Tulsa recently obtained a four-year, $30 million contract with Allegiant Air to provide engineering, planning, technical and reliability services, certain component and landing gear repair and overhauls, as well as airframe overhauls, known as "Heavy C" checks, for Allegiant’s current fleet of 24 MD80 series aircraft, plus any additional MD80 series aircraft as Allegiant grows.
In addition, thanks to the $22.3 million American received from the Tulsa Vision 2025 sales tax program approved by voters in September 2003, the airline has made vast improvements that have helped secure customer contracts. Funding has been invested to improve working conditions on the shop floor, upgrade IT systems, and improve the base’s wastewater treatment plant, among other improvements.
"By making an investment in American Airlines, Tulsa made a huge investment in itself," said Carmine Romano, American's Vice President - Tulsa Maintenance and Engineering Base. "The Vision 2025 funds have allowed us to keep work in-house, and help make us competitive enough to secure lucrative customer work. The progress we have made in Tulsa would not have been possible without the Vision 2025 funds."
Kansas City Breakthrough Goal
On Feb. 9, 2006, a joint team of management and labor leaders from the Kansas City maintenance and engineering base announced a Breakthrough Goal to generate $150 million in value creation and also turn the base into a profit center.
Their goal of transforming the base – which employs about 900 people – will be achieved through American’s successful Continuous Improvement Process that is designed to reduce costs and generate new customer maintenance, contract-driven revenues.
As of December 2006, Kansas City was at $24.7 million toward meeting their goal. In addition, the base has begun upgrades on its facilities, which will help make it more attractive for customers. The first phase of the renovation project includes upgrading the narrow-body hangar. Repairs will include two passenger elevators, a freight elevator, upgrading the roof, and a hangar door.
The second phase of the project will involve the "superhangers," which are used for widebody aircraft. The renovations will include updating the hangars and its shops. This work will start in 2007.
Fort Worth Alliance Base Breakthrough Goal
A team of management and Transport Workers Union Local 567 members employed at American’s Alliance maintenance base in Fort Worth, including TAESL, set a breakthrough goal on May 11, 2006, to obtain $400 million in value creation by the end of 2008.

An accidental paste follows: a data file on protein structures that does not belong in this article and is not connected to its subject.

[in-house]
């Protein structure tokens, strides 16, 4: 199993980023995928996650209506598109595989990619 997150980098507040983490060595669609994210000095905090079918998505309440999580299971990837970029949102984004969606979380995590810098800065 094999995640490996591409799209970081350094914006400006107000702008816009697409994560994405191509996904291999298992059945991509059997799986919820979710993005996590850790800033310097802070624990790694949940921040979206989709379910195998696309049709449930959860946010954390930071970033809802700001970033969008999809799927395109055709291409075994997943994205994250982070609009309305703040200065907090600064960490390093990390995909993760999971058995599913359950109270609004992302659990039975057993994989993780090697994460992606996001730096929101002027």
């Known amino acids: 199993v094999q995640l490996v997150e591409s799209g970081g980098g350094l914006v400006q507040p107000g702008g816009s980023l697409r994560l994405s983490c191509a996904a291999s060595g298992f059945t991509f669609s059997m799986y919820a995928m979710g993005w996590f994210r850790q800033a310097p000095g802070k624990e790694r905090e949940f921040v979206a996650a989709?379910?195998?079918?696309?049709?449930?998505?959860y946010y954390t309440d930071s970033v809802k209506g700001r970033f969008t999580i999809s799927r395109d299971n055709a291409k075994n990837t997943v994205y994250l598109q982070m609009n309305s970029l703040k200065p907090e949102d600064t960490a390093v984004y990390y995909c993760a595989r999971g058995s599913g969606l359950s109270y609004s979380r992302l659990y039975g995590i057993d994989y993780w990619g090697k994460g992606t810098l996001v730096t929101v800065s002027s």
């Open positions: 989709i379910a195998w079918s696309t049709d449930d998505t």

As of December 2006, the Alliance base had achieved $67.4 million toward its Breakthrough Goal. A prime example of American’s ability to provide competitive maintenance work to third parties is its joint venture with Rolls-Royce. TAESL was formed in April 1998 to repair and overhaul the RB211 engine, which American has on its Boeing 757 fleet, and the Trent 800 engine, which is on American’s Boeing 777 aircraft. The TAESL joint venture has generated more than 200 additional jobs specifically tied to the growth of engine maintenance work performed for new customers.
Line Maintenance Breakthrough Goal
In August 2006, a joint team of management and TWU represented members from American's line maintenance bases set a breakthrough goal to obtain $95 million in recurring savings for the airline by the end of 2008. More than 65 TWU and management leaders met to identify maintenance opportunities and challenges with regard to enhancing the company’s competitiveness.
The goal will be reached through cost reductions, additional customer work, improved dependability through reducing delay hours, and reducing the amount of spare aircraft for maintenance needs. The group chartered several teams on topics that are critical to achieving the goal of $95 million by the end of 2008.
American Maintenance Services offers a full line of airframe, engine and component, and line maintenance services, customizing those services to meet the specific needs of the client. American’s MRO business has 62 different customers located in North and South America. Services are provided by all three of American’s overhaul bases in Tulsa, Okla.; Fort Worth, Texas; Kansas City, Mo.; and at line maintenance locations in Dallas/Fort Worth, St. Louis, San Francisco, Los Angeles and other cities in the central and western United States, plus Latin America and Europe.